Independence Day Fireworks Safety (Fireworks Account for Most Fires)
According to the National Fire Protection Administration (NFPA), far more fires are reported on July 4 than on any other day, and fireworks account for more than half of those fires, more than any other cause of fires. In 2011, fireworks caused an estimated 17,800 reported fires. These fires resulted in an estimated 40 civilian injuries, and $32 million in direct property damage. Over 9,600 fireworks related injuries were treated in U.S. hospital emergency rooms.
According to the NFPA, the risk of fire death relative to time used shows fireworks as the highest risk consumer product. The risks with fireworks are not limited to displays, public or private. Risks are also wherever fireworks are manufactured, transported, stored or sold. "Safe and sane" fireworks are neither. Fireworks and sparklers are designed to explode or throw off showers of hot sparks. Temperatures may exceed 1200 degrees; by comparison, glass melts at 900 degrees.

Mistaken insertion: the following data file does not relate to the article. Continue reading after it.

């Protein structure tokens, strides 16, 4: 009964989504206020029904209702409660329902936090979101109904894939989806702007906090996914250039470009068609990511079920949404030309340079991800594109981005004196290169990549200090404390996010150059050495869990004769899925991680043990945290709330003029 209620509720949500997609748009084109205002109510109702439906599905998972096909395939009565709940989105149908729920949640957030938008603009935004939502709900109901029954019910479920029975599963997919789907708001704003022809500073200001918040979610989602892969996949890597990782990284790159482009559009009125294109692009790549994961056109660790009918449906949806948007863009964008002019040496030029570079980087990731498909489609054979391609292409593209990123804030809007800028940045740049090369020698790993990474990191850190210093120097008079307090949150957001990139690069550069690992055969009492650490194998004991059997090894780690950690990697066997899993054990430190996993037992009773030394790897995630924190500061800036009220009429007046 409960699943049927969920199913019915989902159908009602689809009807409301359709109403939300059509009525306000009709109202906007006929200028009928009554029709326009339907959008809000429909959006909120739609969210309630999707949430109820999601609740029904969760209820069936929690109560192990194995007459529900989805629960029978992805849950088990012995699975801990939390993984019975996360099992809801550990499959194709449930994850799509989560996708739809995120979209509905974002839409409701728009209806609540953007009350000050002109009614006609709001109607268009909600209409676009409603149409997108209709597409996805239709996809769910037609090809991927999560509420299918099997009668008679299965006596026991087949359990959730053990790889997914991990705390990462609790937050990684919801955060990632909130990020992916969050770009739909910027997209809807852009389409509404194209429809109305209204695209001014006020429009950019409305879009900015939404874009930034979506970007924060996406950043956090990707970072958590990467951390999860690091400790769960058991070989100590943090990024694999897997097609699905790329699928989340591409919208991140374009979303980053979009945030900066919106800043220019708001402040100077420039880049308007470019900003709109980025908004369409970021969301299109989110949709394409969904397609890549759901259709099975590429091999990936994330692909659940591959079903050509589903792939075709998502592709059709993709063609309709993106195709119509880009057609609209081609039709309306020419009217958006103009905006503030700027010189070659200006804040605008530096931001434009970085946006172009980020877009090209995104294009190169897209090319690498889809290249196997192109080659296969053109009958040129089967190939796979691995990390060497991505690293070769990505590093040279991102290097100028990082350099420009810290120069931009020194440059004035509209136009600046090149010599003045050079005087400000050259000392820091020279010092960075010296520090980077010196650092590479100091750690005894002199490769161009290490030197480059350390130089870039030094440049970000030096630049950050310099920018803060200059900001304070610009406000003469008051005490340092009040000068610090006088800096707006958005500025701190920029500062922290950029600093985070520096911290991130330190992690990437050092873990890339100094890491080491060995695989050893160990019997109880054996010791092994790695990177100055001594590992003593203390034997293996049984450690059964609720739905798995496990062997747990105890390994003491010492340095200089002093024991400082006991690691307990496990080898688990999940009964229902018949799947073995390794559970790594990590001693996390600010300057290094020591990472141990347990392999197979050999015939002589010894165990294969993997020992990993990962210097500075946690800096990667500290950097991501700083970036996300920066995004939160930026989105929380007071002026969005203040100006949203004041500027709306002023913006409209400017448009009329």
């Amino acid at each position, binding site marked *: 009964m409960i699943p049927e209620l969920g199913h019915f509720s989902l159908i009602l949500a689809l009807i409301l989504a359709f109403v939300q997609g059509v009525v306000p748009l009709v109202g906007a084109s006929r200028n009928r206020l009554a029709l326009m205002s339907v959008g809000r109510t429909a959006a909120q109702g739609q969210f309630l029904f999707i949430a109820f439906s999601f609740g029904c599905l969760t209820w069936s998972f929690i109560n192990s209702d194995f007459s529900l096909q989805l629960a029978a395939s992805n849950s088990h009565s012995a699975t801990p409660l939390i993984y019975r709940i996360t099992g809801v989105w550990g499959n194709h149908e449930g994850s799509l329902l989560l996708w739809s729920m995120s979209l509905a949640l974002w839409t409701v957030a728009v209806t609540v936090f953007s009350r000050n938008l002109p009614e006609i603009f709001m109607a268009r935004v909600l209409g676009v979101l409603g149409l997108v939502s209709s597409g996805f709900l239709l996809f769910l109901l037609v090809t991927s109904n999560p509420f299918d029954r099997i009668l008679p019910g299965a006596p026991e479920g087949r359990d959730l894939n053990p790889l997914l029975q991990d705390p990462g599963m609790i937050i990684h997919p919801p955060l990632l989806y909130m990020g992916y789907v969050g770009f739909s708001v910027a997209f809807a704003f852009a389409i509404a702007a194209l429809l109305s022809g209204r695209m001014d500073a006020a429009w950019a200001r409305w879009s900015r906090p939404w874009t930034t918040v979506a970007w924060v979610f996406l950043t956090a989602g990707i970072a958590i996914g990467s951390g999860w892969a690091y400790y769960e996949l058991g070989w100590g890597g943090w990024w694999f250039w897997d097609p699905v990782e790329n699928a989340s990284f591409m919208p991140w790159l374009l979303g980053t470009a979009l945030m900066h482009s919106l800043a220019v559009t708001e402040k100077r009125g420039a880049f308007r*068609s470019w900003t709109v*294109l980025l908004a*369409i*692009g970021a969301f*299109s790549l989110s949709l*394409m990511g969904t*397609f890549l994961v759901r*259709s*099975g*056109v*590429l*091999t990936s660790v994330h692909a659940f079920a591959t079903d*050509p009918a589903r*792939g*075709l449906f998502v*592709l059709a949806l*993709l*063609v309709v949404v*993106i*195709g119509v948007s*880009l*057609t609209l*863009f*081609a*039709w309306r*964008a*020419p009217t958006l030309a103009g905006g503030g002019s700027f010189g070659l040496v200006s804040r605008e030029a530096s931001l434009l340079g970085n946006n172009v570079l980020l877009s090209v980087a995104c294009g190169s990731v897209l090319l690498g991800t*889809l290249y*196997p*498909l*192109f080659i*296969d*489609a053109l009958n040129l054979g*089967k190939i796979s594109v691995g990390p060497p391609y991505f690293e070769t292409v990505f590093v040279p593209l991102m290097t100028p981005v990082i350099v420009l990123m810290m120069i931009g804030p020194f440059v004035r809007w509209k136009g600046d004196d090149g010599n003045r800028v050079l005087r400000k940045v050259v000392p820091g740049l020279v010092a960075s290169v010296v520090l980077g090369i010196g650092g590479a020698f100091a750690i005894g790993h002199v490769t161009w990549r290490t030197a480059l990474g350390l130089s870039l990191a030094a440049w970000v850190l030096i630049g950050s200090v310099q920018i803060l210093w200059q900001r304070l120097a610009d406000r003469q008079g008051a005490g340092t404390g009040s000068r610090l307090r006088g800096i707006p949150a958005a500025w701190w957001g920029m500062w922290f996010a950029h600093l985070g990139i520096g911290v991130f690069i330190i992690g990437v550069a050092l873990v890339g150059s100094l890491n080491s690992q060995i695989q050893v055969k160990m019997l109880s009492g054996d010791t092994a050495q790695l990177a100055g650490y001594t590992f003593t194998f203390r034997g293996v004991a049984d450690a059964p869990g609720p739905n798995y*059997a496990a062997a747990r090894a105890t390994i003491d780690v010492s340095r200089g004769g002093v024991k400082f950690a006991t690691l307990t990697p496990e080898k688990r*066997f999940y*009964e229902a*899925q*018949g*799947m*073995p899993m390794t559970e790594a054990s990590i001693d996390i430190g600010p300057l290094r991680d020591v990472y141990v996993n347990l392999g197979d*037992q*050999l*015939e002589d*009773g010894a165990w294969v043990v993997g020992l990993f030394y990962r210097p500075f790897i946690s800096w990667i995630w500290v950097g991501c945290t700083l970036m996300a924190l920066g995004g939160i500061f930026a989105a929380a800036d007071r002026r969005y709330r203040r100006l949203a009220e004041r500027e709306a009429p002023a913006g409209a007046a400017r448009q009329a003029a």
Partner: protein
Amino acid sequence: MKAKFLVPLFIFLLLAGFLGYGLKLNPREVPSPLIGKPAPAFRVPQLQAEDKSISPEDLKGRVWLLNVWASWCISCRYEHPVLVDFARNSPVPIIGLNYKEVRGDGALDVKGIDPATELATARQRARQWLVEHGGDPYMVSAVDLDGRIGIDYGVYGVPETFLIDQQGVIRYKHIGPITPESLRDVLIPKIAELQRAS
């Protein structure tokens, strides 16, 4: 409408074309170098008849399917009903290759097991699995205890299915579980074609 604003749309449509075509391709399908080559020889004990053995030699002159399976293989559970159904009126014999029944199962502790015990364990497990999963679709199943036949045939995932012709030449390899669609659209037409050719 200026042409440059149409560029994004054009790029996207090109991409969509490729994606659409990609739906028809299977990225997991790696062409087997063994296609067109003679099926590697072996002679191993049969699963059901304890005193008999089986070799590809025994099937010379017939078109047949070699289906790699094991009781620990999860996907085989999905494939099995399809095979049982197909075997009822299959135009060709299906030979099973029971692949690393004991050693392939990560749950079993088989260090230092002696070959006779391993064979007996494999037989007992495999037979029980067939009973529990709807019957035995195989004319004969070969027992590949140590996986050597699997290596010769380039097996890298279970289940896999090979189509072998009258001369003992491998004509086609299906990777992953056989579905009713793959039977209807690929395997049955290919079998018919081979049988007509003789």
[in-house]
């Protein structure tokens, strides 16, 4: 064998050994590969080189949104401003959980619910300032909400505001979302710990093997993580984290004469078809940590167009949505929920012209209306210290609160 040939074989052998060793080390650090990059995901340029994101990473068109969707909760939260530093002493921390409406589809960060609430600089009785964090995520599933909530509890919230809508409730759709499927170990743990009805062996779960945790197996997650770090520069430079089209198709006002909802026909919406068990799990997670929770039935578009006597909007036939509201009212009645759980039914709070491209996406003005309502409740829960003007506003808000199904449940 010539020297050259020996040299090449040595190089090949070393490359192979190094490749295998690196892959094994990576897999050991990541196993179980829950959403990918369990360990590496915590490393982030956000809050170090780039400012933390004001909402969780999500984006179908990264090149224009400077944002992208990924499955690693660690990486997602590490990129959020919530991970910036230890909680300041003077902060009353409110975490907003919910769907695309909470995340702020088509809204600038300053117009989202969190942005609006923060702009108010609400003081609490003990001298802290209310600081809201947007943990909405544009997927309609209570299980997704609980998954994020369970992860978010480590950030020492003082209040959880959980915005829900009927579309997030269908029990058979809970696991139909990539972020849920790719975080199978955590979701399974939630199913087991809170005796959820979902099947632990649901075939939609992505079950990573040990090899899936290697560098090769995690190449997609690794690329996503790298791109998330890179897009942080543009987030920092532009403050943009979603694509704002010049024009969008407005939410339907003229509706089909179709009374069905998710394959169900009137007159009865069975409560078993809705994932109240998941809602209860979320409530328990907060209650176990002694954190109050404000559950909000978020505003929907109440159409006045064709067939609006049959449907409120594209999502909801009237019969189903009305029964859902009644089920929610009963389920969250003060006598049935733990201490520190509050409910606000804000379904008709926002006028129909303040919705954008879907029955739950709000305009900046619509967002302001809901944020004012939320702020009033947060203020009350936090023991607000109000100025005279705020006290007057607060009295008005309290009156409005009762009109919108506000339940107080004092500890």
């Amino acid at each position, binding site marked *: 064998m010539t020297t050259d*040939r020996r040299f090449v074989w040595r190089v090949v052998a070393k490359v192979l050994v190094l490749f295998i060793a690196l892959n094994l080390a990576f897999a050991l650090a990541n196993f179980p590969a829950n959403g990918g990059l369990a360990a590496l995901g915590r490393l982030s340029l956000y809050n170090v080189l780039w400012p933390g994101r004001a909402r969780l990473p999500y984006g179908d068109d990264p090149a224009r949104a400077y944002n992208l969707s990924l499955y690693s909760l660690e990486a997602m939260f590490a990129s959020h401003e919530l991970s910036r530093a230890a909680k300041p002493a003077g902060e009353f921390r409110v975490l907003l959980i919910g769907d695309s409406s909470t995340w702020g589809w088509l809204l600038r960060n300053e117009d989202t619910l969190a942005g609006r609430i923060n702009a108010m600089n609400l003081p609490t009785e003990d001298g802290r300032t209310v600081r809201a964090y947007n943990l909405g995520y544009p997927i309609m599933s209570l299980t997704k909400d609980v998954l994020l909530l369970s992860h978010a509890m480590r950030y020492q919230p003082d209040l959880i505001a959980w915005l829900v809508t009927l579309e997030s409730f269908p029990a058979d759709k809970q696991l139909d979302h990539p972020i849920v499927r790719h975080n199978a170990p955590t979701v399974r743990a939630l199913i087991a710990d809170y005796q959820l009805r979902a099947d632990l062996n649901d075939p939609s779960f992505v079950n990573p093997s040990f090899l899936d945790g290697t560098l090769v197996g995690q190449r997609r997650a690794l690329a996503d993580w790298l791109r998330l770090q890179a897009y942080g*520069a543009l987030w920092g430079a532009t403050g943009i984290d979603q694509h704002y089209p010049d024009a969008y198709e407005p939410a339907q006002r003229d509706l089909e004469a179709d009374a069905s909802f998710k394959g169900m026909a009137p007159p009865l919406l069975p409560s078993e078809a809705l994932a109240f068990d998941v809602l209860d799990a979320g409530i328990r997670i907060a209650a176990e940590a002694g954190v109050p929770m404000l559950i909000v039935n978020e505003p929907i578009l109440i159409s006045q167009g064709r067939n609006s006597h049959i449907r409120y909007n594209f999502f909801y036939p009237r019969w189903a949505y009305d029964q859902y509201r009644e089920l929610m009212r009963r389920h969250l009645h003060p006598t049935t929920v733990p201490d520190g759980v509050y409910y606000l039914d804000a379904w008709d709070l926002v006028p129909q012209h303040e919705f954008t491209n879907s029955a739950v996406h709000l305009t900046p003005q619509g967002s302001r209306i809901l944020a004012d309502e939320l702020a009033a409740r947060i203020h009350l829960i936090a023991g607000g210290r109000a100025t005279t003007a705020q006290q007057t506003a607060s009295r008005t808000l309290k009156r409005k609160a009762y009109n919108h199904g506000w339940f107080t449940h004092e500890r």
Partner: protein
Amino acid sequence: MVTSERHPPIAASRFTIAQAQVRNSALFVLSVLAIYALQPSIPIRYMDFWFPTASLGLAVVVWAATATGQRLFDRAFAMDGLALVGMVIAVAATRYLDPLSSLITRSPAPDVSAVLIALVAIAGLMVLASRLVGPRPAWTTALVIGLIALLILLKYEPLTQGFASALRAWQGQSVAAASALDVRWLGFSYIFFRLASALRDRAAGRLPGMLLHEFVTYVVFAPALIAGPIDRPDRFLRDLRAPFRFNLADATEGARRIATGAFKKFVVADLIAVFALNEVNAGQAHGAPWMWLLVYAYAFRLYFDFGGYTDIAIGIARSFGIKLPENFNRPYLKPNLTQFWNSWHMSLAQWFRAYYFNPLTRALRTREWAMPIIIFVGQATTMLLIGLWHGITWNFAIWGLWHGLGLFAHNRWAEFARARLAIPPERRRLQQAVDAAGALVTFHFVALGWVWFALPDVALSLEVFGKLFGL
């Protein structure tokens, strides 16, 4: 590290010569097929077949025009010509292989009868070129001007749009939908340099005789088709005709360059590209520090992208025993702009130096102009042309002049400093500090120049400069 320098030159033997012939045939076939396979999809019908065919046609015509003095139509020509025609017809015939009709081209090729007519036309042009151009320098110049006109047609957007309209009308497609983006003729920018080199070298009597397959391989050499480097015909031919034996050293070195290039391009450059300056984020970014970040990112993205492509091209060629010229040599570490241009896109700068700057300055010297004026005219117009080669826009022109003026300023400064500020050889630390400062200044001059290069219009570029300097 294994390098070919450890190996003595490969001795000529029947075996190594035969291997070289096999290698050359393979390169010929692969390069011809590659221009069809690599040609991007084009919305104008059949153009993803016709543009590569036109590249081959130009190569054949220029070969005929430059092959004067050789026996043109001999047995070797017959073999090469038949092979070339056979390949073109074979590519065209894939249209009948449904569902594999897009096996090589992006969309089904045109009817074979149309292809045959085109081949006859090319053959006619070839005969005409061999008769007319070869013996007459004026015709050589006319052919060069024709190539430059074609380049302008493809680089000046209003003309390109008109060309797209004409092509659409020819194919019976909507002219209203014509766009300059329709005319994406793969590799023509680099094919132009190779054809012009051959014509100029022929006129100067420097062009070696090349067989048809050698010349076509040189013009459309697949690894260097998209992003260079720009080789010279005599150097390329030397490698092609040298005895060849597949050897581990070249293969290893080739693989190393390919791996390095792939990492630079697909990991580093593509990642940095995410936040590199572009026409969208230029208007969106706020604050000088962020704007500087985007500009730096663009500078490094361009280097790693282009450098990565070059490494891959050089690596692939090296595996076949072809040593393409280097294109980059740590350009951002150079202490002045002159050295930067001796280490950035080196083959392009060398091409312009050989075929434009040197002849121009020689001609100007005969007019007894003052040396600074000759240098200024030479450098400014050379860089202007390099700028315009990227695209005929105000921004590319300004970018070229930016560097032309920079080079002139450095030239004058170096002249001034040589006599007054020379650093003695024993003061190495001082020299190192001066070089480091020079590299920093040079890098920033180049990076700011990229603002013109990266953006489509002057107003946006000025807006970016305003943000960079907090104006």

By far, enjoying public displays of fireworks that comply with NFPA standards are the safest way to enjoy the 4th of July, Independence Day celebration.
The safest way to enjoy fireworks is to attend one of the many public displays; however, if you are having a home fireworks display, here are some safety guidelines to follow:
- Follow the manufacturer directions.
- Have water available for extinguishment of discarded fireworks or an emergency.
- Place legally purchased fireworks on a flat surface, clear of combustible materials and clear of all buildings.
- Light only one firework at a time.
- Never point or throw fireworks at another person.
- Keep bystanders at least 25 feet away from fireworks.
- Do not permit young children to handle or light fireworks.
(Sparklers can reach a temperature of 1800 degrees Fahrenheit.)
- Store fireworks in a cool, dry place.
by Fairfax County Fire and Rescue Department